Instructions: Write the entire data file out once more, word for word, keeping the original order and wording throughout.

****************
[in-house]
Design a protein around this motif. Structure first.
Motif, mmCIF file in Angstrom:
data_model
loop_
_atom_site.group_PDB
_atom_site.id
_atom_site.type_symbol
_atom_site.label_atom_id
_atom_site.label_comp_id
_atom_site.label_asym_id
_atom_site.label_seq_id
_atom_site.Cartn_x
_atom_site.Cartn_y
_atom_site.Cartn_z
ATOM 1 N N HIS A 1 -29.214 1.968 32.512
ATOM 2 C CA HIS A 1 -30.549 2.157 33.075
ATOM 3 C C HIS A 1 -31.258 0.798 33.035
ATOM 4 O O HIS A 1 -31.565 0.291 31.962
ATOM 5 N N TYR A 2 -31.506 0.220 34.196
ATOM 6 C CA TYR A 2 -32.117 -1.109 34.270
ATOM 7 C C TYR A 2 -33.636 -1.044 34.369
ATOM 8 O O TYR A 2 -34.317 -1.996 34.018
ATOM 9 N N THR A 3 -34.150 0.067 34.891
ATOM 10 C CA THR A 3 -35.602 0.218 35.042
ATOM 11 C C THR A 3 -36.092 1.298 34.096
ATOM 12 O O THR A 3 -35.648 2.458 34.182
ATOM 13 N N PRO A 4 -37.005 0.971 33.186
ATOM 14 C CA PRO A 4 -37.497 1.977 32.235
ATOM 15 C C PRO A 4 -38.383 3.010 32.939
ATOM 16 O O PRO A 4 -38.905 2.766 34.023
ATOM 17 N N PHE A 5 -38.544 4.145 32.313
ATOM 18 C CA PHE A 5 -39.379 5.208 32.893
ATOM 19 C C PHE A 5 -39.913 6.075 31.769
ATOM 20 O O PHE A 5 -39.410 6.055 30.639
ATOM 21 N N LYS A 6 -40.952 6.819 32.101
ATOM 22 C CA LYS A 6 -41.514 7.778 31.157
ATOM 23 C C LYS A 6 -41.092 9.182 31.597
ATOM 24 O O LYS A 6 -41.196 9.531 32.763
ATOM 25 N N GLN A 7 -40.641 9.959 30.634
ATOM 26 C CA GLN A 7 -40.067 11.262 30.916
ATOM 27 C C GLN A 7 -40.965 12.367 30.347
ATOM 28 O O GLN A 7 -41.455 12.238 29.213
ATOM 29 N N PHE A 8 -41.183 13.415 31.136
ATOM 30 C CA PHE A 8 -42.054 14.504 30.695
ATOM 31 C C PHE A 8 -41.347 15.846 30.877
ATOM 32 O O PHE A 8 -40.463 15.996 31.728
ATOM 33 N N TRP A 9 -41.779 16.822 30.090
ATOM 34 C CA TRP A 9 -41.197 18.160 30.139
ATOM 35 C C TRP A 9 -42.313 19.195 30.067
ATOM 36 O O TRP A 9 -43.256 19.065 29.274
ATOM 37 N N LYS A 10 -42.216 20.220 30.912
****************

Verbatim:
[in-house]
Design a protein around this motif. Structure first.
Motif, mmCIF file in Angstrom:
data_model
loop_
_atom_site.group_PDB
_atom_site.id
_atom_site.type_symbol
_atom_site.label_atom_id
_atom_site.label_comp_id
_atom_site.label_asym_id
_atom_site.label_seq_id
_atom_site.Cartn_x
_atom_site.Cartn_y
_atom_site.Cartn_z
ATOM 1 N N HIS A 1 -29.214 1.968 32.512
ATOM 2 C CA HIS A 1 -30.549 2.157 33.075
ATOM 3 C C HIS A 1 -31.258 0.798 33.035
ATOM 4 O O HIS A 1 -31.565 0.291 31.962
ATOM 5 N N TYR A 2 -31.506 0.220 34.196
ATOM 6 C CA TYR A 2 -32.117 -1.109 34.270
ATOM 7 C C TYR A 2 -33.636 -1.044 34.369
ATOM 8 O O TYR A 2 -34.317 -1.996 34.018
ATOM 9 N N THR A 3 -34.150 0.067 34.891
ATOM 10 C CA THR A 3 -35.602 0.218 35.042
ATOM 11 C C THR A 3 -36.092 1.298 34.096
ATOM 12 O O THR A 3 -35.648 2.458 34.182
ATOM 13 N N PRO A 4 -37.005 0.971 33.186
ATOM 14 C CA PRO A 4 -37.497 1.977 32.235
ATOM 15 C C PRO A 4 -38.383 3.010 32.939
ATOM 16 O O PRO A 4 -38.905 2.766 34.023
ATOM 17 N N PHE A 5 -38.544 4.145 32.313
ATOM 18 C CA PHE A 5 -39.379 5.208 32.893
ATOM 19 C C PHE A 5 -39.913 6.075 31.769
ATOM 20 O O PHE A 5 -39.410 6.055 30.639
ATOM 21 N N LYS A 6 -40.952 6.819 32.101
ATOM 22 C CA LYS A 6 -41.514 7.778 31.157
ATOM 23 C C LYS A 6 -41.092 9.182 31.597
ATOM 24 O O LYS A 6 -41.196 9.531 32.763
ATOM 25 N N GLN A 7 -40.641 9.959 30.634
ATOM 26 C CA GLN A 7 -40.067 11.262 30.916
ATOM 27 C C GLN A 7 -40.965 12.367 30.347
ATOM 28 O O GLN A 7 -41.455 12.238 29.213
ATOM 29 N N PHE A 8 -41.183 13.415 31.136
ATOM 30 C CA PHE A 8 -42.054 14.504 30.695
ATOM 31 C C PHE A 8 -41.347 15.846 30.877
ATOM 32 O O PHE A 8 -40.463 15.996 31.728
ATOM 33 N N TRP A 9 -41.779 16.822 30.090
ATOM 34 C CA TRP A 9 -41.197 18.160 30.139
ATOM 35 C C TRP A 9 -42.313 19.195 30.067
ATOM 36 O O TRP A 9 -43.256 19.065 29.274
ATOM 37 N N LYS A 10 -42.216 20.220 30.912